A process of structuring whereby job descriptions are formulated, problem solving, identifying key factors equivalent to job knowledge, and more. Score formulation also takes place to establish ranking, building wage structures and create job-grading systems.

The important decisions to make in a JE are the selection of appropriate factors and their levels, as well as how value of factors will be expressed.

5.2.5 Centralised versus de-centralised reward

Organisations often have to struggle to decide if reward systems should be managed in a centralised or de-centralised manner. Centralised controlling is tight and usually means a standardised rate of wage increment. This may cause employees to be less motivated and innovative in their contribution which becomes unhealthy for the company, this holds true for employees who belong to a business unit selling a varied number of products and services. In this case, it might be better having a de-centralised control of rewards system and empower managers with discretionary authority to reward employees accordingly, hence boosting morale.

5.2.6 Degree of Pay Hierarchy

Pay hierarchies exists in organisations and reward systems are dependent on them to a large extent. Pay hierarchies show the distinct difference in power and often reflect career progression. However, organisations are gradually moving away from such distinct hierarchies in pay systems by formulating wage structures that encourages wage overlap and opportunities for increment. Graded wage structures are commonly used and though not all are exactly the same, they share common features such as:

A salary grade allocated to a job based on an individual’s contribution, the labour market and the degree of complexity present in a job.

Salary bands or grade in which employees belong to and have to gain promotion in order to progress on to a higher salary band. Each band consists of at least minimum entry point, market or mid-point and a maximum point that employees can achieve.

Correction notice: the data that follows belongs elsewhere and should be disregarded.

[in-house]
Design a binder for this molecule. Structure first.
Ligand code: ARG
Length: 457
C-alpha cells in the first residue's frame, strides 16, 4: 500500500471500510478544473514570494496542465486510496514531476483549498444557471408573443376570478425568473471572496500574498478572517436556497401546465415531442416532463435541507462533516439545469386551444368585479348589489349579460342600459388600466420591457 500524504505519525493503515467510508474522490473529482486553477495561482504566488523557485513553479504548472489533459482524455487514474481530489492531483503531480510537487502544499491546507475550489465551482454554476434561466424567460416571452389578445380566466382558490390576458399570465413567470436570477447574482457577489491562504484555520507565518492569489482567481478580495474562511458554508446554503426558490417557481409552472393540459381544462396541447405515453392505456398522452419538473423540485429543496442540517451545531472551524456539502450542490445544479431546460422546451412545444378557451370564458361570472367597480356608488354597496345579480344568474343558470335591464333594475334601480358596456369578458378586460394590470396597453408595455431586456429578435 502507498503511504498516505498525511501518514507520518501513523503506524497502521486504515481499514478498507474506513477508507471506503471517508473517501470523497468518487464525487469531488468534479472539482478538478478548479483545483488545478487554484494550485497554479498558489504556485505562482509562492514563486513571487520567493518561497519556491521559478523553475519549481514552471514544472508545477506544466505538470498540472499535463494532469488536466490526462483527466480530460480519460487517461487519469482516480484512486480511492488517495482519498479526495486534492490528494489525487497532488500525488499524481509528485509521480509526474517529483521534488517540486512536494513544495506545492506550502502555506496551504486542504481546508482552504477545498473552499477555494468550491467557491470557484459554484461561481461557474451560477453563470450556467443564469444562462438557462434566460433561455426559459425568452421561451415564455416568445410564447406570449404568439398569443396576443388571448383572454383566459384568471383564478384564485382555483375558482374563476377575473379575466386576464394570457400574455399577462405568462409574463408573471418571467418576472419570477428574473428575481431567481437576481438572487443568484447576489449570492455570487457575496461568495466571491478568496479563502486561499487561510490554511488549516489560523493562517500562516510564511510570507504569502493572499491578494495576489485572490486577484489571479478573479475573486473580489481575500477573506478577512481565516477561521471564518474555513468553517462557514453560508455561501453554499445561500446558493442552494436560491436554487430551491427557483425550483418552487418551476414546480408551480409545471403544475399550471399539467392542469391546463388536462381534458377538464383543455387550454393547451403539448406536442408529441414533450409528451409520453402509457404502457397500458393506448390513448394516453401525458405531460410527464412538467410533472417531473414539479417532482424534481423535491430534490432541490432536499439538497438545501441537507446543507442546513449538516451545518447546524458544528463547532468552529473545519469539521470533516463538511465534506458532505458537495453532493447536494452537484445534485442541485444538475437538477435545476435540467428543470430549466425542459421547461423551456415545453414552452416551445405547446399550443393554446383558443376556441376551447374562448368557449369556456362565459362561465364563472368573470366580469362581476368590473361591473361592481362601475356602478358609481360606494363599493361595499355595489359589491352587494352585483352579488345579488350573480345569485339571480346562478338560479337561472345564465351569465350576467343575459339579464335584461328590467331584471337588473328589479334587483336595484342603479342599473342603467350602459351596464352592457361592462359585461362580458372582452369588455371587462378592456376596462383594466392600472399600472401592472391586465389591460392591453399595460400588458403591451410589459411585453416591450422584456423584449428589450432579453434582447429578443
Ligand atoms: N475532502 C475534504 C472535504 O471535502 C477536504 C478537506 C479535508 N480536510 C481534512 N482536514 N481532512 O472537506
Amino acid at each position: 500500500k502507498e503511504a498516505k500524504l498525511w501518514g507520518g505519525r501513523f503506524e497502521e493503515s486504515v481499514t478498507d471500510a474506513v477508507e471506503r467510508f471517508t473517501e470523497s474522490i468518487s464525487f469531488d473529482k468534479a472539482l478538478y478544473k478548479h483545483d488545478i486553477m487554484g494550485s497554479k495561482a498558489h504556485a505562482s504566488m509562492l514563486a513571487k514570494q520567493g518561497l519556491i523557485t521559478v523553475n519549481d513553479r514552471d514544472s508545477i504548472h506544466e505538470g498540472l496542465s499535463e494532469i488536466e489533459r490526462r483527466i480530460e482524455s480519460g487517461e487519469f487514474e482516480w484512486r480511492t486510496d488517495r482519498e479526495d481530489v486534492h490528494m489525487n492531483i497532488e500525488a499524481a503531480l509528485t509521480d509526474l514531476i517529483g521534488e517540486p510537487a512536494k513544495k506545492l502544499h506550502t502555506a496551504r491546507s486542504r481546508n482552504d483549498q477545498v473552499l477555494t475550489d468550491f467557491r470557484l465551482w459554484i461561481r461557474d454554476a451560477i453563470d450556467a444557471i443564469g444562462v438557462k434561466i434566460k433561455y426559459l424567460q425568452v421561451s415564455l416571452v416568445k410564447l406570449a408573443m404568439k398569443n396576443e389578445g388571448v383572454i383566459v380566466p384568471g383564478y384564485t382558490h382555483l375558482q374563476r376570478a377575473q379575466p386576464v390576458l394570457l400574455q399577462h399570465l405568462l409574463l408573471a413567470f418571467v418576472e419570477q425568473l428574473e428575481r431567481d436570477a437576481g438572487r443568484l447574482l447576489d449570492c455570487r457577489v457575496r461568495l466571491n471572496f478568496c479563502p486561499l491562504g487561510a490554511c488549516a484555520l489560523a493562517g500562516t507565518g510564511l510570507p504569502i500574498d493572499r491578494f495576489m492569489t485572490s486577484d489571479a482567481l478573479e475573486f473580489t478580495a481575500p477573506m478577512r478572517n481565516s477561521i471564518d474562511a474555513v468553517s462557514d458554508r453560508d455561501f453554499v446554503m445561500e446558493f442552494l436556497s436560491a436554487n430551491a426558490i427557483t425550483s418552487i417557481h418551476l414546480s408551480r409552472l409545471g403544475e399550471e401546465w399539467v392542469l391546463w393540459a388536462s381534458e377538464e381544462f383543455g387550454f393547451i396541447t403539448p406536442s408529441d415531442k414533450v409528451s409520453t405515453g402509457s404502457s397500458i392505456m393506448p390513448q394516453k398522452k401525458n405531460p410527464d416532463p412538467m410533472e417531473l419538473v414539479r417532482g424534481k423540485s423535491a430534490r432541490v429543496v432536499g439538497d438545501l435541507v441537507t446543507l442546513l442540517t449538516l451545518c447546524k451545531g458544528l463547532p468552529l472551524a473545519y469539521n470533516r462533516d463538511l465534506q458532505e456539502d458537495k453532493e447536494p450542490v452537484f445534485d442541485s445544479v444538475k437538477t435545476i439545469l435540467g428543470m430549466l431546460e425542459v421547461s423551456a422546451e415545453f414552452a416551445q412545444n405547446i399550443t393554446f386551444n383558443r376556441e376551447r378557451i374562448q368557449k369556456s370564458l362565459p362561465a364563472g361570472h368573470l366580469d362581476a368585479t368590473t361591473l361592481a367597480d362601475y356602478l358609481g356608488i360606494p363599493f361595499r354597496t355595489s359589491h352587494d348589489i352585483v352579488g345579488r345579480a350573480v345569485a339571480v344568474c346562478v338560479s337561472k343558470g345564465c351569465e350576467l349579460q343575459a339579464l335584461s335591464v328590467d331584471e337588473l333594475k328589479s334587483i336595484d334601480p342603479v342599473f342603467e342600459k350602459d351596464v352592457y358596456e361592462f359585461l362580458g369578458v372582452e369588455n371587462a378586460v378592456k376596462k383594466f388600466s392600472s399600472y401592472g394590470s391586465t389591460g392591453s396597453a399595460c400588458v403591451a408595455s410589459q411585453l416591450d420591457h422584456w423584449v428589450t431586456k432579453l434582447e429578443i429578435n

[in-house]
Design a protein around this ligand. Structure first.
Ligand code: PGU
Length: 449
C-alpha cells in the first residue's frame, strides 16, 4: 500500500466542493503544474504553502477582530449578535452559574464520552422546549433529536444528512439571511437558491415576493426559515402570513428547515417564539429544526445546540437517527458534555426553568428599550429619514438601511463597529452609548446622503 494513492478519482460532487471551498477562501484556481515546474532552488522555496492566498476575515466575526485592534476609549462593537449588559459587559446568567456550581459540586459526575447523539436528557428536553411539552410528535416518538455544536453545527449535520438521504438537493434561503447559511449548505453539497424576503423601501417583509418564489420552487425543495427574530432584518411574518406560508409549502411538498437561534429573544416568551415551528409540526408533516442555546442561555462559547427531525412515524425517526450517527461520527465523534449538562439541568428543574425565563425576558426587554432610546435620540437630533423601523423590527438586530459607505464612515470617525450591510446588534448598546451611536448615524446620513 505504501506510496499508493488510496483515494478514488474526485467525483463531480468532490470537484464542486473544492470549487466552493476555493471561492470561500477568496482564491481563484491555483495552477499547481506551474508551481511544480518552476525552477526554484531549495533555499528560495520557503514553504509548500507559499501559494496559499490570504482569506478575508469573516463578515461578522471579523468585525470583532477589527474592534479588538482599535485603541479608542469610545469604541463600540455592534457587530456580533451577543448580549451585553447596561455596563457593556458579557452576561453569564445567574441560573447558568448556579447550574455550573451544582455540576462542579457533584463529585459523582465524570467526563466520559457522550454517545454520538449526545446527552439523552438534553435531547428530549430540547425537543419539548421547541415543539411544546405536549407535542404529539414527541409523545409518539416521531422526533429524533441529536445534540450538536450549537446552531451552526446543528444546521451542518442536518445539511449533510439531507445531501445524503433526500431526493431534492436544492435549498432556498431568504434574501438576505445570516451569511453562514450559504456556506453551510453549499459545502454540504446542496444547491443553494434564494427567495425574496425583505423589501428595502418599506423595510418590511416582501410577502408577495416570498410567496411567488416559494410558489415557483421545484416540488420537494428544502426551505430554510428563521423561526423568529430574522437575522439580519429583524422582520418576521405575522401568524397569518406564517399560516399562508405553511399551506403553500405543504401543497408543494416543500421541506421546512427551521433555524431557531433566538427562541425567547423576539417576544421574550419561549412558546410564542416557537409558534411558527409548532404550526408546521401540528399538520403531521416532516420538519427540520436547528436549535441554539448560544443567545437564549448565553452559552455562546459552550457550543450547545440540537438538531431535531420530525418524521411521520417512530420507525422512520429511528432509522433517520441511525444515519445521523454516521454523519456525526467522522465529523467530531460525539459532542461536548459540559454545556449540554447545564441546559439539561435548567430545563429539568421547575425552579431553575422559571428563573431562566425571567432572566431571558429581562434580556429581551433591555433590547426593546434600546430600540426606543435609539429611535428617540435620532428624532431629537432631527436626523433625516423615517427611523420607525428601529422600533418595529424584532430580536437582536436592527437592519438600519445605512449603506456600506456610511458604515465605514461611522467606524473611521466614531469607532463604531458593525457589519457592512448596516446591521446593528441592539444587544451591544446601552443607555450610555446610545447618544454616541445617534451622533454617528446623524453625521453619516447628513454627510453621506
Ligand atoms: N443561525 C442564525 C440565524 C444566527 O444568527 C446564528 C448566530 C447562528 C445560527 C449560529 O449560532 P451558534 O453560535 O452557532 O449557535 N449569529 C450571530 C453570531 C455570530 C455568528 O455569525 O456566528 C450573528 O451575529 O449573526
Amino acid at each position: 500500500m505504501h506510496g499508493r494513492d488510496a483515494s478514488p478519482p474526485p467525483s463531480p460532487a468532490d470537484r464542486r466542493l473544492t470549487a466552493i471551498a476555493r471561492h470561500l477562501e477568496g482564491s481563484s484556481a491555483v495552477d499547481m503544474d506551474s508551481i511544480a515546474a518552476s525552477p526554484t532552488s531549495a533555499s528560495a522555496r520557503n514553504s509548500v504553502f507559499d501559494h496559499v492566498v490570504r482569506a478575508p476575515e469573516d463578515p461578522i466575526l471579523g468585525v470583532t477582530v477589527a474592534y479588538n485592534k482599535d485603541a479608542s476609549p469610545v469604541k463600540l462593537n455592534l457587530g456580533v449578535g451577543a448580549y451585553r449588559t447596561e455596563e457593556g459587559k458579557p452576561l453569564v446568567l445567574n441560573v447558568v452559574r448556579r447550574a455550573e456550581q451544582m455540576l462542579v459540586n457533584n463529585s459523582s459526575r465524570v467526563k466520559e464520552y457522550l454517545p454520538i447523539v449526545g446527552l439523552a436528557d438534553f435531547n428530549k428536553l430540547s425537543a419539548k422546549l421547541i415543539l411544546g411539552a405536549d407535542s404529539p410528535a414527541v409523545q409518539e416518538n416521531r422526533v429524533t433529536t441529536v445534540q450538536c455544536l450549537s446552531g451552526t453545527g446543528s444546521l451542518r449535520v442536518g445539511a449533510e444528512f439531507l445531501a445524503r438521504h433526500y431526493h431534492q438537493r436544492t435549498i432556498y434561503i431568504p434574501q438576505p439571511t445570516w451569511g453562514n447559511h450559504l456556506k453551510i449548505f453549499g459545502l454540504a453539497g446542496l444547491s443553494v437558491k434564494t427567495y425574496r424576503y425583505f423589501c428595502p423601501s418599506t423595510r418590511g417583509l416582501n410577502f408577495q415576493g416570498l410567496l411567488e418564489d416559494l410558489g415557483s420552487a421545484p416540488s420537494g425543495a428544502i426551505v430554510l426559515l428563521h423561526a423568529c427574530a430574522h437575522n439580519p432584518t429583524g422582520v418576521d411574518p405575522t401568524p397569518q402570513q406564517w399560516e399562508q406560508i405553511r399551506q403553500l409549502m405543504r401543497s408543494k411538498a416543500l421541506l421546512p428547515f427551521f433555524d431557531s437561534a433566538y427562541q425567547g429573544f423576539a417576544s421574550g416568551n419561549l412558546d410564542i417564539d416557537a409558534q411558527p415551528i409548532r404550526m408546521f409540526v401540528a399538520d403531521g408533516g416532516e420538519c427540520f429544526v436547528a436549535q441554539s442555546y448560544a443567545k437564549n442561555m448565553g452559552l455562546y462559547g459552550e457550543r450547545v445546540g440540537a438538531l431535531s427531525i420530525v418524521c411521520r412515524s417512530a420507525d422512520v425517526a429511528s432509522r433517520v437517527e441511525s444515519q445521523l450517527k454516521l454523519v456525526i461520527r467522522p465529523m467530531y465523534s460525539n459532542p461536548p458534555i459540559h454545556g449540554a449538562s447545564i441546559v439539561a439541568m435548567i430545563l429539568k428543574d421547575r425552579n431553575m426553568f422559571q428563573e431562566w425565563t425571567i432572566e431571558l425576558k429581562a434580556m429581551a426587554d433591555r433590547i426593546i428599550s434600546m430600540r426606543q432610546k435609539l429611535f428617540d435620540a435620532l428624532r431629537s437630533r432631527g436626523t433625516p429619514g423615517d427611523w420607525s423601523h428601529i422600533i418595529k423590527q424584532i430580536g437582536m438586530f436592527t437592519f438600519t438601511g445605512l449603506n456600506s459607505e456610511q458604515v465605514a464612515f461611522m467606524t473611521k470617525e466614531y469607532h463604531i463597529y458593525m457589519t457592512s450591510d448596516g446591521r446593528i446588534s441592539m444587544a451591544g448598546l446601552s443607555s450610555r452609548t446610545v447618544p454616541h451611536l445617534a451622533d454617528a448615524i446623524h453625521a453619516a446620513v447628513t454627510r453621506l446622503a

Salary bands are associated with each other; usually the maximum point of a starting salary band is the commencement of the next salary band. The degree of overlap will have to be determined by the organisation.

As employees move up along the band, organisations will have to decide if employees move up to fixed points along the bands or should employees be allowed to skip certain points and progress at a faster rate instead.

5.2.7 Reward Mix

Although pay is often identified to be the key ingredient in a reward mix, other benefits such as free annual health screening, pension schemes, certified-skill upgrades, use of company vehicles, etc, are just as useful in rewarding employees. When creating a reward mix, the challenge for companies is to identify the strategic reasons for having each benefit in the reward mix and their costs to the company.

5.2.8 Process Issues

In the discussion of process issues, the 1st strategic issue to be considered is communication and transparency. As communicating pay objectives to employees clearly is important in achieving positive human resource results, the existing culture of companies usually decides how open the dialogs are. Traditional companies adopt a closed system and keep salary ranges unknown for purposes of pay review. Other companies with open systems often publicise the salary structure and criteria for which salary increment can occur. Open systems tend to instil confidence and fairness into employees as decision-making becomes more transparent and criteria are made known. The 2nd strategic issue concerns with employees’ degree of involvement in pay decisions. A company aiming to achieve a team-based operating culture and high employee involvement in all aspect of human resource management should consider allowing employees to be involved in determination of job salaries too. Companies adopting close-based systems usually applies HR policies onto its employees and ultimately, companies have to decide whether leveraging highly on employees’ trust and commitment or otherwise, is more suited to the company’s culture.

5.2.9 Reward Systems – consequences/integration

As HR objectives change over time, so should reward objectives because rewards should be integrated into HR systems. And if the objectives are inline, then the integration between rewards and HR systems will serve well to make a positive impact on employees who in turn stays committed to churn out more positive contributions for the company.